A brief Python / SQLite example
This evening I had a situation where I had an SQLite database that had columns holding dates with different or no time zone. Running a query like so:
SELECT created,modified FROM objects;
… returned this:
… 2008-01-21 20:29:10-08:00 | 2008-01-22 10:58:48-08:00 2008-01-22 12:57:43-08:00 | 2008-01-22 13:20:48-08:00 2008-01-29 16:39:17 | 2008-06-12 06:56:33-07:00 2008-01-30 20:27:32-08:00 | 2008-01-30 20:25:49-08:00 2008-02-02 20:58:34 | 2008-06-09 08:46:41-07:00 2008-02-06 01:53:22-08:00 | 2008-02-06 01:51:37-08:00 2008-03-11 12:28:07 | 2008-06-09 08:27:37-07:00 2008-03-19 10:25:58-07:00 | 2008-04-02 03:56:13-07:00 2008-04-15 10:56:43-07:00 | 2008-05-05 17:06:28-07:00 2008-04-23 10:36:11-07:00 | 2008-05-06 18:28:02-07:00 …
Not a pretty sight. That data really needed cleaned up and, fortunately, I didn’t care about the time zone information. The fastest way to clean it up was to just remove those time zones. Below is my solution. I post it not because it’s great or difficult, nor because this is a common problem, but rather in hopes that someone may find it and learn from it.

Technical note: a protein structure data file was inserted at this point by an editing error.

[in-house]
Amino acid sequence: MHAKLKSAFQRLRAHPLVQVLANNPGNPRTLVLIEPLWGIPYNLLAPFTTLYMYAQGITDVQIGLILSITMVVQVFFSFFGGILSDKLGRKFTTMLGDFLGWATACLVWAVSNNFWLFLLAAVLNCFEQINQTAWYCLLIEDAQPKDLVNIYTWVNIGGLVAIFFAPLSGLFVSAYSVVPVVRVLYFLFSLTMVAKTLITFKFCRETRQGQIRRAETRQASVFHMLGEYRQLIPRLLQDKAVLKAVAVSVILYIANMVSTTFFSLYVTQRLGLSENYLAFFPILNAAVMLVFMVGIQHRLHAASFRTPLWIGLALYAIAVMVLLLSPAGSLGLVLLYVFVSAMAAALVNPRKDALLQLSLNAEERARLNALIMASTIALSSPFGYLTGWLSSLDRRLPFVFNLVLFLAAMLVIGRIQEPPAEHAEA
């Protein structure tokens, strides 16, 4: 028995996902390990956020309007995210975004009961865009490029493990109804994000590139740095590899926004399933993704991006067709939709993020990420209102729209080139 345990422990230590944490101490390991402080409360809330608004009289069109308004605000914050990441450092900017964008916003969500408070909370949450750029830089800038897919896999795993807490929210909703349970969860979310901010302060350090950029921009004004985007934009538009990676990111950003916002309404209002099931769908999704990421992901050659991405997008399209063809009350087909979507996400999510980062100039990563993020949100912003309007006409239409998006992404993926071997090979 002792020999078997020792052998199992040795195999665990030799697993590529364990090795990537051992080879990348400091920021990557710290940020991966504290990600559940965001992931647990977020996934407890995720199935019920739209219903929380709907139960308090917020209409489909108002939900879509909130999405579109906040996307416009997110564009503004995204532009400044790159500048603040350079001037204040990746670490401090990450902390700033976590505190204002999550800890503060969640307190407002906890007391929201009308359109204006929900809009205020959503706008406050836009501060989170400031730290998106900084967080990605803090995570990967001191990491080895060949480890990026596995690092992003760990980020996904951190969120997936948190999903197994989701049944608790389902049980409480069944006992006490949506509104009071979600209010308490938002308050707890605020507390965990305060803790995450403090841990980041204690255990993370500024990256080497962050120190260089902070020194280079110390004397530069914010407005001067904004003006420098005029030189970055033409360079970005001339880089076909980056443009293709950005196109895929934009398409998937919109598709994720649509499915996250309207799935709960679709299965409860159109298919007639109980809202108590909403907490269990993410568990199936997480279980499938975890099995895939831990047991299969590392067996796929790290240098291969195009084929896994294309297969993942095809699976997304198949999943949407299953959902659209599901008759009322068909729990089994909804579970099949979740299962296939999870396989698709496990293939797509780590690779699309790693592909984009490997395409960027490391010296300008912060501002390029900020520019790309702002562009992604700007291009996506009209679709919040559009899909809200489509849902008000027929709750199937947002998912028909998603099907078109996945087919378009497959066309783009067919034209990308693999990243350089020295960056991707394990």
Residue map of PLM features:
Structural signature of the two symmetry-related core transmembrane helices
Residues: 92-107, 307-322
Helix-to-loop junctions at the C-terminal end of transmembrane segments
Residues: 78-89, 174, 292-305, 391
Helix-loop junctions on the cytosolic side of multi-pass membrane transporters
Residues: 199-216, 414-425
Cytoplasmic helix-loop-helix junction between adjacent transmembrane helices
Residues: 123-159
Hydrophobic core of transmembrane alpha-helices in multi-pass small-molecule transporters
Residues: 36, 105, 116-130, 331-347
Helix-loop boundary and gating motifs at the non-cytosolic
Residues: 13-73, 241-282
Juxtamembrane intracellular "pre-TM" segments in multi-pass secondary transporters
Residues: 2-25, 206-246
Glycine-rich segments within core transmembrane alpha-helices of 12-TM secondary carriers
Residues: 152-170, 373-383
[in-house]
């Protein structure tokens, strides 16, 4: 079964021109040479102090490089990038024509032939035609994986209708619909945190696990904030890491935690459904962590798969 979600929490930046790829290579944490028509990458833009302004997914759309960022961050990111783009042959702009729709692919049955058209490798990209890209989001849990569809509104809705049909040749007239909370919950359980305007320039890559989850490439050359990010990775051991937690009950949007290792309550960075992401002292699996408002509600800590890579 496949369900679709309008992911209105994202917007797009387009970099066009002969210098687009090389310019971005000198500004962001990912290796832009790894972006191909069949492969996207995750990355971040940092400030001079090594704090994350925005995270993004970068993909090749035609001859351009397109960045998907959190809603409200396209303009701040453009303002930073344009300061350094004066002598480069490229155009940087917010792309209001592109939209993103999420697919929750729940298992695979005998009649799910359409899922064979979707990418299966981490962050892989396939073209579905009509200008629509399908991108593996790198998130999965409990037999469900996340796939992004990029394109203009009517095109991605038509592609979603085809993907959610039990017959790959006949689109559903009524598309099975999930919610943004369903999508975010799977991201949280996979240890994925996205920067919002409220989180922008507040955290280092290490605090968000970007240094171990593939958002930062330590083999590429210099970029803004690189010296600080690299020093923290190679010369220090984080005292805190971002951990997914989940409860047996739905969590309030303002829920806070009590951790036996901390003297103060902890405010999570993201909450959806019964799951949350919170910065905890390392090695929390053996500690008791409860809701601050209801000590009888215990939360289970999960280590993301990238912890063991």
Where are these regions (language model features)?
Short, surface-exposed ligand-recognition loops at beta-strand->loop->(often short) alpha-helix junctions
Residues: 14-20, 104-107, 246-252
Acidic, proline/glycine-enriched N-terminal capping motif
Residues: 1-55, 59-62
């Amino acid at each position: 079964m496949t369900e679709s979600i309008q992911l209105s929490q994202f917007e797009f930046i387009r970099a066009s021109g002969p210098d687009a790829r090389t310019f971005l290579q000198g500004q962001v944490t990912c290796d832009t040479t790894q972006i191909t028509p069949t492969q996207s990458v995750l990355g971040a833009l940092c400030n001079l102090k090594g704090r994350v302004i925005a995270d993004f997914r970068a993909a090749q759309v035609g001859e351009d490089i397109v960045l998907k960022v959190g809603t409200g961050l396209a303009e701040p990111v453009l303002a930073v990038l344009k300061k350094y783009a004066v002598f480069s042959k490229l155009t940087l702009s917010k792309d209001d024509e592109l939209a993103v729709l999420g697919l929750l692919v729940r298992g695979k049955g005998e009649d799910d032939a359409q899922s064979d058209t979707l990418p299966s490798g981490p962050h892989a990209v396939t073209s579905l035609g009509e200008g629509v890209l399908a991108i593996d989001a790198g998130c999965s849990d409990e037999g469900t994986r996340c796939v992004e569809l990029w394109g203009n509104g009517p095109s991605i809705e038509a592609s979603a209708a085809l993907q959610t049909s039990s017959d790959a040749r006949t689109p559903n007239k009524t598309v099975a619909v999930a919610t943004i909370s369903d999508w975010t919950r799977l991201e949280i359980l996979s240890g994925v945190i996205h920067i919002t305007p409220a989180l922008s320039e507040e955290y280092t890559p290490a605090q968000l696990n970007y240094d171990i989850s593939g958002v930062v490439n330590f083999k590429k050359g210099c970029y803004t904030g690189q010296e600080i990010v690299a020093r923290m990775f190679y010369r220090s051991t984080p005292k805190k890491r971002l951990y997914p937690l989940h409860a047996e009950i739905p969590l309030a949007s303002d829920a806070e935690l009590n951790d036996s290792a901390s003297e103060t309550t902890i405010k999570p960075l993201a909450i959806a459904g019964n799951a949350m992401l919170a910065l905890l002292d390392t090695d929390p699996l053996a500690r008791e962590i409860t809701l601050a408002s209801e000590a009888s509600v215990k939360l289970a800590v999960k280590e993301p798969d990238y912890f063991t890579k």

This Python script makes a few, simple assumptions:
- You are running Python 2.5 and thus have SQLite built in.
- You are in the same directory as the database.
All it does it connect to the database, grab the rows and columns that I need, remove the time zone using a regular expression substitution, and the save the proper dates back to the database.
import re import sqlite3 # Match the time zone in the string. tz = re.compile('-[0-2]\d:00$') # Create a connection to the database. conn = sqlite3.connect('test.db') # Create a cursor object to do the interacting. c = conn.cursor() # Grab the columns with the time-zoned dates. old_rows = c.execute('SELECT created,modified,id FROM objects') # Create an empty list that will hold the new tuples. new_rows =  # Iterate over the result, tearing out the time zone as we go. for row in old_rows: created = tz.sub('', row) modified = tz.sub('', row) id = row new_row = (created, modified, id)# Here is the new tuple ... new_rows.append(new_row)# ... appended to our list. # Iterate through the new list of tuples and put them in the database. for row in new_rows: c.execute('UPDATE objects SET created=?,modified=? WHERE id=?', (row[0:3])) # Commit the changes and close everything. conn.commit() c.close() conn.close()